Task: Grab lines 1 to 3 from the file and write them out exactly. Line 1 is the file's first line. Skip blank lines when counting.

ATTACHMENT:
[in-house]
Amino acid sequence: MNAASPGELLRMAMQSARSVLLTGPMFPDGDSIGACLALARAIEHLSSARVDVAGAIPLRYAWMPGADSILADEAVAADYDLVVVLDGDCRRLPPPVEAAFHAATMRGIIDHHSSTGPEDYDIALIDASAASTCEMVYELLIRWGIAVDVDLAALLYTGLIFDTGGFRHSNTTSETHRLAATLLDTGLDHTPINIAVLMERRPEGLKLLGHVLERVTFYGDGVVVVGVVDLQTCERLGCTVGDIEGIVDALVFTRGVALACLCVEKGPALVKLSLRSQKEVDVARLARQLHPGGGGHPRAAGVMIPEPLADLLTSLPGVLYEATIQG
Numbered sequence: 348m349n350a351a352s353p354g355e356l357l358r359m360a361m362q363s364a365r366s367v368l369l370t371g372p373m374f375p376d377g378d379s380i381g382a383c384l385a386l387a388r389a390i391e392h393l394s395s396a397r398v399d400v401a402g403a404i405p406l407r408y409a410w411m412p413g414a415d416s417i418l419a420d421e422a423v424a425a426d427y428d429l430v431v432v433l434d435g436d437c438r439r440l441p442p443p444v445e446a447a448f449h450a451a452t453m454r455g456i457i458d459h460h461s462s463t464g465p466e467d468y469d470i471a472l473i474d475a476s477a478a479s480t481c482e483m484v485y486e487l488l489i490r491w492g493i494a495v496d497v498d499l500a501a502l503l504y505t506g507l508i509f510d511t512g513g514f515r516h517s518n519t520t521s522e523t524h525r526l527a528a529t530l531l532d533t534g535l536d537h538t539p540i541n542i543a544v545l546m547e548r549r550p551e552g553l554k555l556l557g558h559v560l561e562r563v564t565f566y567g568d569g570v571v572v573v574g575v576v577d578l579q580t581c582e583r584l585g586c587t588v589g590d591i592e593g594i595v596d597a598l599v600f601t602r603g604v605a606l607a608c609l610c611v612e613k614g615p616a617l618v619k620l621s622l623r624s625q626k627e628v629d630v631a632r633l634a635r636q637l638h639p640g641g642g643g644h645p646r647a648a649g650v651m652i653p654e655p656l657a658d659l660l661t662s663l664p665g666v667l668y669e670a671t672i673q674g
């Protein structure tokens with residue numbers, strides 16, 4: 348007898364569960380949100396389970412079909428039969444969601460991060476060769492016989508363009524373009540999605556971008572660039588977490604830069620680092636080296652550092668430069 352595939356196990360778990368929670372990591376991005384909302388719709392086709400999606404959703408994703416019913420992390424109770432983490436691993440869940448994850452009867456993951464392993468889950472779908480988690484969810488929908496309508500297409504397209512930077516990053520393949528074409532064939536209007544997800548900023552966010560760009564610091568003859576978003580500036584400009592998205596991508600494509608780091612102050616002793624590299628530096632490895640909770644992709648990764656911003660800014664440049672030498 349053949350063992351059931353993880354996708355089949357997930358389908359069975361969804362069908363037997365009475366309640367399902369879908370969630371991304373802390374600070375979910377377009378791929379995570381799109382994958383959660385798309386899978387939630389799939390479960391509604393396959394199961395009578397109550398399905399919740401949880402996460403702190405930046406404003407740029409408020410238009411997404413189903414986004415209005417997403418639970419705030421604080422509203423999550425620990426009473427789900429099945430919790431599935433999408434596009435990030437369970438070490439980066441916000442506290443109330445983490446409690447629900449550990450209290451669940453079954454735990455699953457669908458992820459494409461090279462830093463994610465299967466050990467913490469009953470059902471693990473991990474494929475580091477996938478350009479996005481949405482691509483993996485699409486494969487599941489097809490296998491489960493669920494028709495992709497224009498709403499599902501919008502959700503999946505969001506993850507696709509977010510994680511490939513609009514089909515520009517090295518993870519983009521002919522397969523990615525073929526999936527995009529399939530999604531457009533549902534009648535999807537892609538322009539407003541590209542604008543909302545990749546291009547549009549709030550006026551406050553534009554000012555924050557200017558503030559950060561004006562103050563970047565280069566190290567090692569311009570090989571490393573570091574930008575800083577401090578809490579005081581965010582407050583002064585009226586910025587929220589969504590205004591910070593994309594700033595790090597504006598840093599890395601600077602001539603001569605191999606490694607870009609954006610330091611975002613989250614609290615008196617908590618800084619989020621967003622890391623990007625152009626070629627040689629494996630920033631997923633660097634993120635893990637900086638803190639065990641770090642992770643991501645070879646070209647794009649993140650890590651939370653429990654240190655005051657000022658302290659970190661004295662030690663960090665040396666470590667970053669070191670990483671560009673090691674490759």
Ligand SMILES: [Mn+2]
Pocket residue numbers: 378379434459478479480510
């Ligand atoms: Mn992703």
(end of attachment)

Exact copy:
[in-house]
Amino acid sequence: MNAASPGELLRMAMQSARSVLLTGPMFPDGDSIGACLALARAIEHLSSARVDVAGAIPLRYAWMPGADSILADEAVAADYDLVVVLDGDCRRLPPPVEAAFHAATMRGIIDHHSSTGPEDYDIALIDASAASTCEMVYELLIRWGIAVDVDLAALLYTGLIFDTGGFRHSNTTSETHRLAATLLDTGLDHTPINIAVLMERRPEGLKLLGHVLERVTFYGDGVVVVGVVDLQTCERLGCTVGDIEGIVDALVFTRGVALACLCVEKGPALVKLSLRSQKEVDVARLARQLHPGGGGHPRAAGVMIPEPLADLLTSLPGVLYEATIQG
Numbered sequence: 348m349n350a351a352s353p354g355e356l357l358r359m360a361m362q363s364a365r366s367v368l369l370t371g372p373m374f375p376d377g378d379s380i381g382a383c384l385a386l387a388r389a390i391e392h393l394s395s396a397r398v399d400v401a402g403a404i405p406l407r408y409a410w411m412p413g414a415d416s417i418l419a420d421e422a423v424a425a426d427y428d429l430v431v432v433l434d435g436d437c438r439r440l441p442p443p444v445e446a447a448f449h450a451a452t453m454r455g456i457i458d459h460h461s462s463t464g465p466e467d468y469d470i471a472l473i474d475a476s477a478a479s480t481c482e483m484v485y486e487l488l489i490r491w492g493i494a495v496d497v498d499l500a501a502l503l504y505t506g507l508i509f510d511t512g513g514f515r516h517s518n519t520t521s522e523t524h525r526l527a528a529t530l531l532d533t534g535l536d537h538t539p540i541n542i543a544v545l546m547e548r549r550p551e552g553l554k555l556l557g558h559v560l561e562r563v564t565f566y567g568d569g570v571v572v573v574g575v576v577d578l579q580t581c582e583r584l585g586c587t588v589g590d591i592e593g594i595v596d597a598l599v600f601t602r603g604v605a606l607a608c609l610c611v612e613k614g615p616a617l618v619k620l621s622l623r624s625q626k627e628v629d630v631a632r633l634a635r636q637l638h639p640g641g642g643g644h645p646r647a648a649g650v651m652i653p654e655p656l657a658d659l660l661t662s663l664p665g666v667l668y669e670a671t672i673q674g